Business Mediator Can See Around Corners to Help You
Business Partnership Mediators Need Super Vision!
The comment above came to me in an email after guiding a client through a nasty exchange with his business partner. Sometimes people will intentionally make an effort to trigger anger, frustration, or irrational behavior. As a Business Partnership Mediator, I see this behavior often and can help calm things down so we can have a rational discussion toward resolution. Seeing ahead is a super-power! I can see where the problems are and the best possible outcome.
The Mediator Must Look Ahead
Once I’ve had a meeting or two with the parties to a dispute, I can begin to provide guidance beyond keeping tempers under control. As the partners discuss issues, there is always a desire to look back at transgressions. “You called that client a year ago and got things all messed up!” Looking backwards is not helpful. Sure, sometimes it’s necessary to add context, but, usually, talking about past events only triggers the other party to respond in a defensive way. A mediator has to look ahead at where things should end up and help all the parties to the dispute do the same.
It Is Important for the Partners to Look Forward
Negotiations always go better when there is less tension. Helping parties in dispute look forward rather than backwards makes the process go smoother and quicker. I have had big cases wrap up in a few hours despite significant anger between partners. And I have had rather small cases drag out for weeks because people insisted on litigating past events.
I will say that there are times when going through past events served to make people feel better because they were able to get their point across in a controlled environment. When that is developing, it is important to let people talk through their issues. Feeling heard will sometimes give a person the relief to let go and conclude a deal. That requires special vision too. I have to watch and see if we’re spinning around in the dust of the past or in the process of letting go of the anger. If the dialogue is productive, I’ll let it go. If I see people just exchanging accusations, I’ll rein it in.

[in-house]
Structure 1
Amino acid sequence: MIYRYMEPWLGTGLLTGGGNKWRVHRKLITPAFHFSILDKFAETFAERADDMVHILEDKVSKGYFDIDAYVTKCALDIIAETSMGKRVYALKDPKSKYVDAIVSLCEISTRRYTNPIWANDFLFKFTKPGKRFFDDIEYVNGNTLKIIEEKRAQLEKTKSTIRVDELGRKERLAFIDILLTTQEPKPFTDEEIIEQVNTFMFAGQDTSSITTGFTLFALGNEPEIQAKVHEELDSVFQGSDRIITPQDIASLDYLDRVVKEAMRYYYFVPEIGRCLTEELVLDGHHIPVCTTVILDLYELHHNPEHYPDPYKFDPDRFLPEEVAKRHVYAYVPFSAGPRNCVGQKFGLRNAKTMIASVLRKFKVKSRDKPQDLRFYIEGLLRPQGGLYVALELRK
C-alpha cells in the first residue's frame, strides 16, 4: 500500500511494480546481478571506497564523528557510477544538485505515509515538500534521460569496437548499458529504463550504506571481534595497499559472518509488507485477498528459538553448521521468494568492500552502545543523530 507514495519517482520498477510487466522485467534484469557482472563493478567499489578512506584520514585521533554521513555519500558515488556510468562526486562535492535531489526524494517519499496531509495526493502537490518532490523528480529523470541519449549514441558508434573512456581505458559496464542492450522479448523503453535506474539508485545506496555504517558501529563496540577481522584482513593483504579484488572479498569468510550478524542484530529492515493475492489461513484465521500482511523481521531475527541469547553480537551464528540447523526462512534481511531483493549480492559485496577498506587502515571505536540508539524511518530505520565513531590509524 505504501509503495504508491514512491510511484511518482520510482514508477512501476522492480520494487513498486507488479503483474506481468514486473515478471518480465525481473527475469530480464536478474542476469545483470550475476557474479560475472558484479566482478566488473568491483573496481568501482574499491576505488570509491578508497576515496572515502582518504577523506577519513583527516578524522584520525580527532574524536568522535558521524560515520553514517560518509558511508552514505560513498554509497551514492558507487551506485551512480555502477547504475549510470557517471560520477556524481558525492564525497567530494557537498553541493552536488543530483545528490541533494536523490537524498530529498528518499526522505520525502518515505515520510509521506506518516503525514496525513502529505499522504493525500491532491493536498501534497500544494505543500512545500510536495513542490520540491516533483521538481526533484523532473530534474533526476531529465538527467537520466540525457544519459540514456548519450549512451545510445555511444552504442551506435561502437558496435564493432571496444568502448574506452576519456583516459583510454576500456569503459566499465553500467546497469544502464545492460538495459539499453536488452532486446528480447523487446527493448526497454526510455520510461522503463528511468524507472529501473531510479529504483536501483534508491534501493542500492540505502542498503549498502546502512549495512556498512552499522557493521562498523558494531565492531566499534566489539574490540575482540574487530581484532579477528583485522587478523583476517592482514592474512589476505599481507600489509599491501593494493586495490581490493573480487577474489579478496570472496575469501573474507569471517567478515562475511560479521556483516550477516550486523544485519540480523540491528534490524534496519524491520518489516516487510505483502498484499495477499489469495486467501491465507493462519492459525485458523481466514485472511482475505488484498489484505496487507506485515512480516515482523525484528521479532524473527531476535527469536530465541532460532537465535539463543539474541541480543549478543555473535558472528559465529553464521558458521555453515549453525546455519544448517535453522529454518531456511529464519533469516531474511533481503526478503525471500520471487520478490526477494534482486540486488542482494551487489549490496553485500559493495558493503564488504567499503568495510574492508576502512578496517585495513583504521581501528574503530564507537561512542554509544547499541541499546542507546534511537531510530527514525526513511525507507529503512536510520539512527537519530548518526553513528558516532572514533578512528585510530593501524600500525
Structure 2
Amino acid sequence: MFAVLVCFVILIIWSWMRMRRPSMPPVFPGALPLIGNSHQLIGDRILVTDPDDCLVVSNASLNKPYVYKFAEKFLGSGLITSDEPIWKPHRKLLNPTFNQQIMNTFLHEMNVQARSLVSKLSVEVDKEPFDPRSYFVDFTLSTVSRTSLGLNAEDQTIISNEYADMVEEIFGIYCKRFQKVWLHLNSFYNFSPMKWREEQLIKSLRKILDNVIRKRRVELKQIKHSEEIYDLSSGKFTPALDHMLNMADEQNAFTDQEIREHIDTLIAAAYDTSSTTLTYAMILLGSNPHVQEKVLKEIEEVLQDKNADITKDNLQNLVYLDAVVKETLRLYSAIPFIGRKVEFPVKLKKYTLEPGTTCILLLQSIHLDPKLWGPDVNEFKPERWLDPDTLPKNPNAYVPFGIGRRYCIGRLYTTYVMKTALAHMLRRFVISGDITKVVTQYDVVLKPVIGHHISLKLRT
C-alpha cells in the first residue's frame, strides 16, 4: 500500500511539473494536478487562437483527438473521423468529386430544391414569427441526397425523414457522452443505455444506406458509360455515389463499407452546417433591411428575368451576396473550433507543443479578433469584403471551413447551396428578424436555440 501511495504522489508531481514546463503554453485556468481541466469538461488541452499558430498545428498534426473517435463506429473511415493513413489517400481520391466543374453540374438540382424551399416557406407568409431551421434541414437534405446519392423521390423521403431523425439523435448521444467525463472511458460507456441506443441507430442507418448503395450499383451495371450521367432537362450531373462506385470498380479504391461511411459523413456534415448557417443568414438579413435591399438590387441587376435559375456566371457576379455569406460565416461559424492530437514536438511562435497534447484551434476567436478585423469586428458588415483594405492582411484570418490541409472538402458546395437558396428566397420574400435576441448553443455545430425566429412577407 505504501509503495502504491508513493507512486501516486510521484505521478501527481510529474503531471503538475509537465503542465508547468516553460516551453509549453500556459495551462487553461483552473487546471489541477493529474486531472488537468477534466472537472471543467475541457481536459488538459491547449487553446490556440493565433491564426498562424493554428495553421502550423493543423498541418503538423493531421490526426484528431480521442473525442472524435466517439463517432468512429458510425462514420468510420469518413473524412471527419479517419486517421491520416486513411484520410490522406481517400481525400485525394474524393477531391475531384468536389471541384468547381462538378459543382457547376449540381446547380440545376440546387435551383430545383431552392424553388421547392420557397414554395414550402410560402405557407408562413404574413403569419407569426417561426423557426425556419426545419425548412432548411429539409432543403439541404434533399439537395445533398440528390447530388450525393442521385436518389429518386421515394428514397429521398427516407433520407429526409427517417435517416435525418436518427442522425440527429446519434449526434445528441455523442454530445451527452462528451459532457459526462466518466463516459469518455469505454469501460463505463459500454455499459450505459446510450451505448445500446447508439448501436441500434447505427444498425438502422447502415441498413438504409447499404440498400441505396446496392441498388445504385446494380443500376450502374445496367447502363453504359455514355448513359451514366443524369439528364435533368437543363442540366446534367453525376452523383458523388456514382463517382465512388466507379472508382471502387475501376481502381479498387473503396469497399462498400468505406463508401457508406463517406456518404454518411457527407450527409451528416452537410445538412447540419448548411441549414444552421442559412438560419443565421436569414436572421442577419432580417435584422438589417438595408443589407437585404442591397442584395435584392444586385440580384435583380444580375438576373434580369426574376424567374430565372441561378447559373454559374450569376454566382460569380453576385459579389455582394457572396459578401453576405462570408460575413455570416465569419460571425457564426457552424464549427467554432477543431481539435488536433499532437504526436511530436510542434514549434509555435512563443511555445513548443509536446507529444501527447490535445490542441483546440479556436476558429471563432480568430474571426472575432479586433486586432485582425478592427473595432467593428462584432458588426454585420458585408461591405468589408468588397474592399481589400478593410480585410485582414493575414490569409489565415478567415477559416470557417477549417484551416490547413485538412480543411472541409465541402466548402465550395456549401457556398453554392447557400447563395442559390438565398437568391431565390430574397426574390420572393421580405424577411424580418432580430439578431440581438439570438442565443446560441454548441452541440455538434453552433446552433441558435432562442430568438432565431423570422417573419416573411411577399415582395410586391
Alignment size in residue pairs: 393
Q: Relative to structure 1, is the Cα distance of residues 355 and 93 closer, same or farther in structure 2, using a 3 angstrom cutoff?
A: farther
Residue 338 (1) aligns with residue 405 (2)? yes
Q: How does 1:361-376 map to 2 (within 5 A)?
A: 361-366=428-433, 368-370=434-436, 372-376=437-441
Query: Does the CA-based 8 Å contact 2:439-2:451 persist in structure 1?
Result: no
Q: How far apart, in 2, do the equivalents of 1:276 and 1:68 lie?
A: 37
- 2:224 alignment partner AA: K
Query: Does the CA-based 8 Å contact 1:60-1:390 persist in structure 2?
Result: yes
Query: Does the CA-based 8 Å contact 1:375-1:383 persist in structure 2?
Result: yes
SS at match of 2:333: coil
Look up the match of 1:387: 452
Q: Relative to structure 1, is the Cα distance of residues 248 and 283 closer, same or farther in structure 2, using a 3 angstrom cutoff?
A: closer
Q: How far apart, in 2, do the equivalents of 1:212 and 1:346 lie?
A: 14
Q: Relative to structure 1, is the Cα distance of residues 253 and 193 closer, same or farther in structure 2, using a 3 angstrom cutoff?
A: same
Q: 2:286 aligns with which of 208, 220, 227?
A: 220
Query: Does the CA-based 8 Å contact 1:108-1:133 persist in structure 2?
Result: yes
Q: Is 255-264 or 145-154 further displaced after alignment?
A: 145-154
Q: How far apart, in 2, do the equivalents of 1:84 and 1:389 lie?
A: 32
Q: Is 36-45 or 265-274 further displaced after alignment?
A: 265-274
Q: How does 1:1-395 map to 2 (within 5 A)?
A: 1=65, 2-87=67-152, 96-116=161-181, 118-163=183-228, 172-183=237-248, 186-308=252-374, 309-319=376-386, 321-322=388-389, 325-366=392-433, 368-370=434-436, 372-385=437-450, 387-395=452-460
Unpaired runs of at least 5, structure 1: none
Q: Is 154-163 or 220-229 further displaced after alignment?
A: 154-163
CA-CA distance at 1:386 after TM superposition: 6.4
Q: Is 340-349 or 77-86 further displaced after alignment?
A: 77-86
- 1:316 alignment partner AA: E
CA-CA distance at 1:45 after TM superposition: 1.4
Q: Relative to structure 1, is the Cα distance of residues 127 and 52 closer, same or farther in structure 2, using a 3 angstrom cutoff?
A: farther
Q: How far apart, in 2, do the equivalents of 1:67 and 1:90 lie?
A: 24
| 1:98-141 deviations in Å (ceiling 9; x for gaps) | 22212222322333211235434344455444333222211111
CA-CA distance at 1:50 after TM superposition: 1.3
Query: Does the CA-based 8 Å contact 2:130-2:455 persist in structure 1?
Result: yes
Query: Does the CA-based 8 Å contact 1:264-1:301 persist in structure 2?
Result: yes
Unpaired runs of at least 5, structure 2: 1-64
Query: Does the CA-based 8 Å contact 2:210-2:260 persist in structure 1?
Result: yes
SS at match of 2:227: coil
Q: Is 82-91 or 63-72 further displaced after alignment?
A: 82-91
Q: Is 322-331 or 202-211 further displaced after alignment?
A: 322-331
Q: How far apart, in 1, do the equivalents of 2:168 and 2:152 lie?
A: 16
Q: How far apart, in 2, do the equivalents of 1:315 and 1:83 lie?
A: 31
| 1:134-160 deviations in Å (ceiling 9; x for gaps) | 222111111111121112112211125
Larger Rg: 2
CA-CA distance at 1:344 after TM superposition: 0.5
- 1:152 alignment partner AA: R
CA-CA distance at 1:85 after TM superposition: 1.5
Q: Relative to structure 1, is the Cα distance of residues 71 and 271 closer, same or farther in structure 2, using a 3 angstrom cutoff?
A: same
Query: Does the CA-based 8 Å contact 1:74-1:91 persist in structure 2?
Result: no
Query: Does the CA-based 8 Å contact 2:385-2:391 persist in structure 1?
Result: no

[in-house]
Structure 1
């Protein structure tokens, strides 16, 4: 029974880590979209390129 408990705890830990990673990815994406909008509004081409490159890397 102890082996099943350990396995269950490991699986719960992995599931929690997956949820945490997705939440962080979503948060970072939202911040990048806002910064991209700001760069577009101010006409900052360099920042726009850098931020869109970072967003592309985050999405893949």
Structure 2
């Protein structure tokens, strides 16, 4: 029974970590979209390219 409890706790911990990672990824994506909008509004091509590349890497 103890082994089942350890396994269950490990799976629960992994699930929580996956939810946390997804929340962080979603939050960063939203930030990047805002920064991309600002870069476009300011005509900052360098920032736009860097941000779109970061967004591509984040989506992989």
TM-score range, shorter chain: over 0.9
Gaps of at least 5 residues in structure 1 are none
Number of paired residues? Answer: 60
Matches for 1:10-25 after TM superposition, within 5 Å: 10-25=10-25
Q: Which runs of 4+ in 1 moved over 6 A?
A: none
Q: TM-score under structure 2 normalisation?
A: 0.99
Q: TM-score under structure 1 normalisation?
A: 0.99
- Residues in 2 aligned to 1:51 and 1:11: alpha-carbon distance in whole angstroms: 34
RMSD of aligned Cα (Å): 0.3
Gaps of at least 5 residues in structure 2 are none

And, Yes, A Good Mediator Can See Around Corners
Looking ahead in a mediation is an important skill. Helping partners see where they are going is important because it’s hard to have a clear sense when it’s your business. Often subjects will come up where I know there will be trouble right around the corner. Having helped business partners for many years fix their problems or separate agreeably, I can see when someone is trying to set up an ambush.
Mediation is about finding agreement on solutions to problems. It’s not about determining the guilty party or catching someone in a trap. If partners cannot work together and one has decided to leave the business, right and wrong are far less important than getting agreement on price and terms.
When I look around a corner and see trouble, it’s my job to guide the talks in a different direction that always keep things focused on a positive outcome.
Vision is the Mediator’s superpower. Your Mediator will help you see the situation clearly and guide you toward a successful conclusion. When you’re under a lot of stress, it’s hard to see the situation clearly. Your Mediator is looking ahead for all parties and genuinely cares about the results.
The High Conflict Business Partner AKA the Bully is the most difficult type of person to deal with. Here are 6 Tips to help you deal with the Bully Partner.
Business partnerships can be a fantastic way to pool resources and knowledge in order to create a successful enterprise. However, even the most well-intentioned partnerships can break down if certain warning signs are ignored. In this post, I will point out the 5 red flags that should never be ignored when you see them in your business partnership and provide you with guidance on how to deal with them.
If you have read my other posts, you know I strongly encourage people who form Partnerships to create a Partnership Agreement. The document must specify how a Partner can leave the Partnership voluntarily while ensuring that the business is protected from two potential disasters: firstly, by avoiding terms that could bankrupt the business, and secondly, by preventing the admission of unplanned Partners.